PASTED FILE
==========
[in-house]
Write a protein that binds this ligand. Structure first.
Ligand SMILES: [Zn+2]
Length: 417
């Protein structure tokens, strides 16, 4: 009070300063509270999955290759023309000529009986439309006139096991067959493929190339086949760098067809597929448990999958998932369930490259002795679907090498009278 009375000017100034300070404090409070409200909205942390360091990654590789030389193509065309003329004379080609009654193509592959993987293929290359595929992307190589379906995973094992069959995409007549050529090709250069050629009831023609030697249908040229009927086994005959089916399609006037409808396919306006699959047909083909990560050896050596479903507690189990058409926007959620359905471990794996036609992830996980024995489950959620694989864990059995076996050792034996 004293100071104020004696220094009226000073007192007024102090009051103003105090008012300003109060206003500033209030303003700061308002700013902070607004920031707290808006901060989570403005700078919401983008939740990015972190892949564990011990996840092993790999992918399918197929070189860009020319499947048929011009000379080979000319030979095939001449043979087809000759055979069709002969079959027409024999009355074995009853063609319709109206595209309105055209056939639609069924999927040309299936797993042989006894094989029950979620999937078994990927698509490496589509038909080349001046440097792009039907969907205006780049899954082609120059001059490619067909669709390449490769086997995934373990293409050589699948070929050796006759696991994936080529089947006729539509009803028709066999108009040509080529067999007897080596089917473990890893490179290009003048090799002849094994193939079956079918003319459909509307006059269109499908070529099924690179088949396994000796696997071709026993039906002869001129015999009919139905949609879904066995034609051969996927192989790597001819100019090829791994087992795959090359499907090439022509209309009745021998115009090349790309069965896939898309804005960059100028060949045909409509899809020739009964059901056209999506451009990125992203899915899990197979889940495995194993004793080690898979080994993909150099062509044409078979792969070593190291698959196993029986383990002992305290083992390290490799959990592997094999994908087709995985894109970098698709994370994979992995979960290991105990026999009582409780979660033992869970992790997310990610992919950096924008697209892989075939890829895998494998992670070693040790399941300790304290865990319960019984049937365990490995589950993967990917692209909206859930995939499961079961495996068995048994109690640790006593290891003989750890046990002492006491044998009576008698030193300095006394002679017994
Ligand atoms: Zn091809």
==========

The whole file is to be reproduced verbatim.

[in-house]
Write a protein that binds this ligand. Structure first.
Ligand SMILES: [Zn+2]
Length: 417
């Protein structure tokens, strides 16, 4: 009070300063509270999955290759023309000529009986439309006139096991067959493929190339086949760098067809597929448990999958998932369930490259002795679907090498009278 009375000017100034300070404090409070409200909205942390360091990654590789030389193509065309003329004379080609009654193509592959993987293929290359595929992307190589379906995973094992069959995409007549050529090709250069050629009831023609030697249908040229009927086994005959089916399609006037409808396919306006699959047909083909990560050896050596479903507690189990058409926007959620359905471990794996036609992830996980024995489950959620694989864990059995076996050792034996 004293100071104020004696220094009226000073007192007024102090009051103003105090008012300003109060206003500033209030303003700061308002700013902070607004920031707290808006901060989570403005700078919401983008939740990015972190892949564990011990996840092993790999992918399918197929070189860009020319499947048929011009000379080979000319030979095939001449043979087809000759055979069709002969079959027409024999009355074995009853063609319709109206595209309105055209056939639609069924999927040309299936797993042989006894094989029950979620999937078994990927698509490496589509038909080349001046440097792009039907969907205006780049899954082609120059001059490619067909669709390449490769086997995934373990293409050589699948070929050796006759696991994936080529089947006729539509009803028709066999108009040509080529067999007897080596089917473990890893490179290009003048090799002849094994193939079956079918003319459909509307006059269109499908070529099924690179088949396994000796696997071709026993039906002869001129015999009919139905949609879904066995034609051969996927192989790597001819100019090829791994087992795959090359499907090439022509209309009745021998115009090349790309069965896939898309804005960059100028060949045909409509899809020739009964059901056209999506451009990125992203899915899990197979889940495995194993004793080690898979080994993909150099062509044409078979792969070593190291698959196993029986383990002992305290083992390290490799959990592997094999994908087709995985894109970098698709994370994979992995979960290991105990026999009582409780979660033992869970992790997310990610992919950096924008697209892989075939890829895998494998992670070693040790399941300790304290865990319960019984049937365990490995589950993967990917692209909206859930995939499961079961495996068995048994109690640790006593290891003989750890046990002492006491044998009576008698030193300095006394002679017994
Ligand atoms: Zn091809």